Experts don’t recommend it and there’s a good reason why
Actually that’s an incredible amount of bullshit. No security expert – read that NONE – will support using the same password across different levels of security. The same principle applies to websites the fact remains different levels and different types of security with the same password are functionally worthless. The only “experts” who don’t recommend multiple passwords for different layers of security are fools, most likely fools who are operating on the assumption users are forgetful and lazy. No security expert would say “Use the same password for windows, for your password manager, for websites, for every file, etc.”, once a password is compromised they’ll have access to everything that constitutes your online presence. You also failed to state this “Good reason why” that isn’t tied to forgetting or getting lazy.
- I’m using multiple pieces of software (more risk of critical bugs: malicious or otherwise)
Yes, there’s something to be said about increasing your attack service, I wonder though what OS do you use? If you’re using Windows you likely have a wide number of services you don’t need enabled. Remote Registry? SMB v1.0? Don’t act as though you’re super concerned about your attack surface.
- More chance of making a mistake and completely compromising my security
Again, maybe you’re incompetent but I am not.
- Using proprietary encryption methods designed to look secure, but aren’t proven
Open Source doesn’t equate to security, all of my most critical files (including my system backups) are stored within VeraCrypt encrypted volumes. VeraCrypt has been audited and is a fork of TrueCrypt which was also audited, has AxCrypt been audited? I suspect not. It comes down to trust, I don’t trust that BCArchive will keep my files safe from the government then again I’d never trust AxCrypt with that either. I do however believe that it will keep personal files secret from the kinds of people who modify and redistribute existing malware.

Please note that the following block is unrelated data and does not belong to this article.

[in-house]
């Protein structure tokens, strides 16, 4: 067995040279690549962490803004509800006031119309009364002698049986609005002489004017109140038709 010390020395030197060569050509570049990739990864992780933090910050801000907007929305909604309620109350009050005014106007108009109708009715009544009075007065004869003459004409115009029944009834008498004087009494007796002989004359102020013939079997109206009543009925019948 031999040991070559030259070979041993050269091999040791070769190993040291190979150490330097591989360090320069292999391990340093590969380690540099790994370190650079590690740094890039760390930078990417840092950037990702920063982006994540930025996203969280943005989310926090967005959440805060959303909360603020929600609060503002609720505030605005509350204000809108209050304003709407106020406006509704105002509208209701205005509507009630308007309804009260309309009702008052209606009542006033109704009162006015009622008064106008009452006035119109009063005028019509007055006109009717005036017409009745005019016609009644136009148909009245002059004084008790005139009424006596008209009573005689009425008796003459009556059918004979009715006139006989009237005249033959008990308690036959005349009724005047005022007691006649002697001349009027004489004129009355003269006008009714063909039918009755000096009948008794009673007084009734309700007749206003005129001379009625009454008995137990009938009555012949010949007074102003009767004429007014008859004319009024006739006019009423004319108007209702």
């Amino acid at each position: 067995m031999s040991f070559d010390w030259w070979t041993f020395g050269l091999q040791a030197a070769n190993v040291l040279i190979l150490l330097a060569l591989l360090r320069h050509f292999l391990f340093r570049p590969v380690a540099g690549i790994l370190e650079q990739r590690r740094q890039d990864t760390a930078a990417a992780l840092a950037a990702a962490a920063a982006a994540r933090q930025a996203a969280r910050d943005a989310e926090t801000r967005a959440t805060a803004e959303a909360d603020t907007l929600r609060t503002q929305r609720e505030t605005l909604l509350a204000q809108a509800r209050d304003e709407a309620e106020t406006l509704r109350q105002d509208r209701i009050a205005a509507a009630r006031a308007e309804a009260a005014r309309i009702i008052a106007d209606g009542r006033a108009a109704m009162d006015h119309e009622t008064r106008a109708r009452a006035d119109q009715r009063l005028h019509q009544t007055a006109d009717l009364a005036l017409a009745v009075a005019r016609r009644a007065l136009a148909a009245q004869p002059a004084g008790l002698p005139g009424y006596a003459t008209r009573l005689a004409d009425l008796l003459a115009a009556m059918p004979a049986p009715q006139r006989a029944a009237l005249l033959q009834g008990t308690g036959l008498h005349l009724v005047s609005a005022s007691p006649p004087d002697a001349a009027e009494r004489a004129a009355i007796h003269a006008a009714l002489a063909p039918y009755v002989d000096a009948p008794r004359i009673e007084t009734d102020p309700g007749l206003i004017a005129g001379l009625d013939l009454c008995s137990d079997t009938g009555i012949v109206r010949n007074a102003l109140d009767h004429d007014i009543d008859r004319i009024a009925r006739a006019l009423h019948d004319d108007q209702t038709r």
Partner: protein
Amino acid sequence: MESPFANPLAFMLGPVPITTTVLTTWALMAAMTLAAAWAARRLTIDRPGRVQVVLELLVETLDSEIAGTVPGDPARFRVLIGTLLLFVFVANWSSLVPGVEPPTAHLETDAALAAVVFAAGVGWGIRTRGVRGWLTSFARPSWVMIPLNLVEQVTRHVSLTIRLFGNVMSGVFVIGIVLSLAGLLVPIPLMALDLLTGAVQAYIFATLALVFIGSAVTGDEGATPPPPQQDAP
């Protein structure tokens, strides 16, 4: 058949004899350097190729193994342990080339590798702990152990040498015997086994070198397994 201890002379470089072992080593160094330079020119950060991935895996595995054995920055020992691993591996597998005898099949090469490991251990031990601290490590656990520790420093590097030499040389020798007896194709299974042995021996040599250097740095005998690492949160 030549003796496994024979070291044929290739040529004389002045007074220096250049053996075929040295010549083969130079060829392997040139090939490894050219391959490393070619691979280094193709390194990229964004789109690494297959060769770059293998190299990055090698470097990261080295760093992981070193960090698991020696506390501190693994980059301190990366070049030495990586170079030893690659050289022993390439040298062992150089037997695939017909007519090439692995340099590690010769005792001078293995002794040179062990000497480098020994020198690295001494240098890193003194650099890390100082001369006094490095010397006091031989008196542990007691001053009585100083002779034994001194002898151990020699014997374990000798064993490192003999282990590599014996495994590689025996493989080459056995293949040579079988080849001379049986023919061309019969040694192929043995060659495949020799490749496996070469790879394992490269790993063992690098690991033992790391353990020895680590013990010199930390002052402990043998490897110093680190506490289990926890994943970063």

- Having to keep a record of multiple encryption passwords
I’m not an Alzheimer patient I do just fine in regards to keep my passwords, I use KeePass should I forget them but I rarely have to do so.
- Moving data in and out of the VM/sandboxed process
Arguing against Sandboxing\Virtualization now? Suppose google shouldn’t bother sandboxing websites either.
I use Sandboxie and VirtualBox, both of which are well known software.
I’m not concerned about the one password methodology because I know that if a hacker can get into my system to steal that one password then he’d be able to get at all of my information anyway.
The obvious question stands then: What does AxCrypt protect you from?
Any piece of malware – ANY – can steal your AxCrypt encrypted files because AxCrypt stores your key in memory and decrypts the files without prompt. The ONLY way AxCrypt offers ANY protection is if you manually sign out.
If you’re going to use AxCrypt you’re better of using Bitlocker with a good windows password, because AxCrypt doesn’t protect you in any way from invasive malware that reads your files. Any file – whether an unencrypted cached version exists or not – is vulnerable.
AxCrypt v2 does nothing, it protects you from nothing, anyone with a method of FDE encryption already has the full protection of AxCrypt. The only advantage AxCrypt provides is a far simpler method of key-sharing.
I’m desperately curious what your answer to the question “What does AxCrypt v2 protect you from?” is.
As a closing note Windows tracks all keyboard input (including passwords) and sends it back to Microsoft even if you’ve got telemetry turned off.
I certainly hope you have a citation for that, I monitor my own traffic and I’ve never seen anything of the sort. Then again I’m running a customized version of windows with various components (i.e. Everything to do with Cortana, Metro, & xbox) removed.
It’s like I said before – you’re never safe you’re only seeking to make the cost of attack less worthwhile. It’s all a matter of what you’re protecting and from who and how far you’ll go to protect it. At some point down the line you’re going to have to trust someone.